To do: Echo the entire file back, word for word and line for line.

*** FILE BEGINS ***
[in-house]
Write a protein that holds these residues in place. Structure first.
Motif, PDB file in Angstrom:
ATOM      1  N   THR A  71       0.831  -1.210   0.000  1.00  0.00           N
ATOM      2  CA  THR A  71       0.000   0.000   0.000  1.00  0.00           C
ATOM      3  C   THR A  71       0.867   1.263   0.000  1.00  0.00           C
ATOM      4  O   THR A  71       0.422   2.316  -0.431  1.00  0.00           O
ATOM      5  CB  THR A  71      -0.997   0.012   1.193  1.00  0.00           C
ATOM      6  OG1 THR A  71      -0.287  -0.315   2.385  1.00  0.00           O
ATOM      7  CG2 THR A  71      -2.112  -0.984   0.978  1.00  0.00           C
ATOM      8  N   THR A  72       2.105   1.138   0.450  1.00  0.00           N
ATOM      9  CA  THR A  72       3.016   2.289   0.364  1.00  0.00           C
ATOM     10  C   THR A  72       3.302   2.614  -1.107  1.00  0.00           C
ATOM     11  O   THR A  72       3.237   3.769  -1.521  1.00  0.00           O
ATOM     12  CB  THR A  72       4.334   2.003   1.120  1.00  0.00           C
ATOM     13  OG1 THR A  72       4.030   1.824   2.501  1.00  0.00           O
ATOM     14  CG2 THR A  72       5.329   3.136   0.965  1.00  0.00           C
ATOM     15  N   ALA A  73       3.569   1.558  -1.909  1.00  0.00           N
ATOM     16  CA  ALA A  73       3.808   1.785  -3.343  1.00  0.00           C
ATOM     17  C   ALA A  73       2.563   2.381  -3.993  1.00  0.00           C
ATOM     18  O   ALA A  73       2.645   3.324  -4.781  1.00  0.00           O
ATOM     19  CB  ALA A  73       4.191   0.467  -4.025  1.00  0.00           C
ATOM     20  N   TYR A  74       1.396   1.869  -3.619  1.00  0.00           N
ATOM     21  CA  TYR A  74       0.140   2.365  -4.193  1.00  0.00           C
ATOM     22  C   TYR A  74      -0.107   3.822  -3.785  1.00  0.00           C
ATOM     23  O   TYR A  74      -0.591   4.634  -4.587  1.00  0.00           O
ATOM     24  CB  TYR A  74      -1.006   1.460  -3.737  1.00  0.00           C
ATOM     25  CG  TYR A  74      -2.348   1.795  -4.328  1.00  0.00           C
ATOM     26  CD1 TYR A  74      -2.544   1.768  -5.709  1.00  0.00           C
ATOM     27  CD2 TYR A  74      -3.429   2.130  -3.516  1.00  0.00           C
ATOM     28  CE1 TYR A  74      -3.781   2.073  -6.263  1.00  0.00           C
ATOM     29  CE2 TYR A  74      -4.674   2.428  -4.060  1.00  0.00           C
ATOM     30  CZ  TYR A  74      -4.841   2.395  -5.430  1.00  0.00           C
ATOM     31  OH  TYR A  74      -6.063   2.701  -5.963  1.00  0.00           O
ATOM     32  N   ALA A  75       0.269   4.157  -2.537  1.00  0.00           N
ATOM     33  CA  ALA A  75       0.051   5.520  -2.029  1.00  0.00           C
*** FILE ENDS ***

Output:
[in-house]
Write a protein that holds these residues in place. Structure first.
Motif, PDB file in Angstrom:
ATOM      1  N   THR A  71       0.831  -1.210   0.000  1.00  0.00           N
ATOM      2  CA  THR A  71       0.000   0.000   0.000  1.00  0.00           C
ATOM      3  C   THR A  71       0.867   1.263   0.000  1.00  0.00           C
ATOM      4  O   THR A  71       0.422   2.316  -0.431  1.00  0.00           O
ATOM      5  CB  THR A  71      -0.997   0.012   1.193  1.00  0.00           C
ATOM      6  OG1 THR A  71      -0.287  -0.315   2.385  1.00  0.00           O
ATOM      7  CG2 THR A  71      -2.112  -0.984   0.978  1.00  0.00           C
ATOM      8  N   THR A  72       2.105   1.138   0.450  1.00  0.00           N
ATOM      9  CA  THR A  72       3.016   2.289   0.364  1.00  0.00           C
ATOM     10  C   THR A  72       3.302   2.614  -1.107  1.00  0.00           C
ATOM     11  O   THR A  72       3.237   3.769  -1.521  1.00  0.00           O
ATOM     12  CB  THR A  72       4.334   2.003   1.120  1.00  0.00           C
ATOM     13  OG1 THR A  72       4.030   1.824   2.501  1.00  0.00           O
ATOM     14  CG2 THR A  72       5.329   3.136   0.965  1.00  0.00           C
ATOM     15  N   ALA A  73       3.569   1.558  -1.909  1.00  0.00           N
ATOM     16  CA  ALA A  73       3.808   1.785  -3.343  1.00  0.00           C
ATOM     17  C   ALA A  73       2.563   2.381  -3.993  1.00  0.00           C
ATOM     18  O   ALA A  73       2.645   3.324  -4.781  1.00  0.00           O
ATOM     19  CB  ALA A  73       4.191   0.467  -4.025  1.00  0.00           C
ATOM     20  N   TYR A  74       1.396   1.869  -3.619  1.00  0.00           N
ATOM     21  CA  TYR A  74       0.140   2.365  -4.193  1.00  0.00           C
ATOM     22  C   TYR A  74      -0.107   3.822  -3.785  1.00  0.00           C
ATOM     23  O   TYR A  74      -0.591   4.634  -4.587  1.00  0.00           O
ATOM     24  CB  TYR A  74      -1.006   1.460  -3.737  1.00  0.00           C
ATOM     25  CG  TYR A  74      -2.348   1.795  -4.328  1.00  0.00           C
ATOM     26  CD1 TYR A  74      -2.544   1.768  -5.709  1.00  0.00           C
ATOM     27  CD2 TYR A  74      -3.429   2.130  -3.516  1.00  0.00           C
ATOM     28  CE1 TYR A  74      -3.781   2.073  -6.263  1.00  0.00           C
ATOM     29  CE2 TYR A  74      -4.674   2.428  -4.060  1.00  0.00           C
ATOM     30  CZ  TYR A  74      -4.841   2.395  -5.430  1.00  0.00           C
ATOM     31  OH  TYR A  74      -6.063   2.701  -5.963  1.00  0.00           O
ATOM     32  N   ALA A  75       0.269   4.157  -2.537  1.00  0.00           N
ATOM     33  CA  ALA A  75       0.051   5.520  -2.029  1.00  0.00           C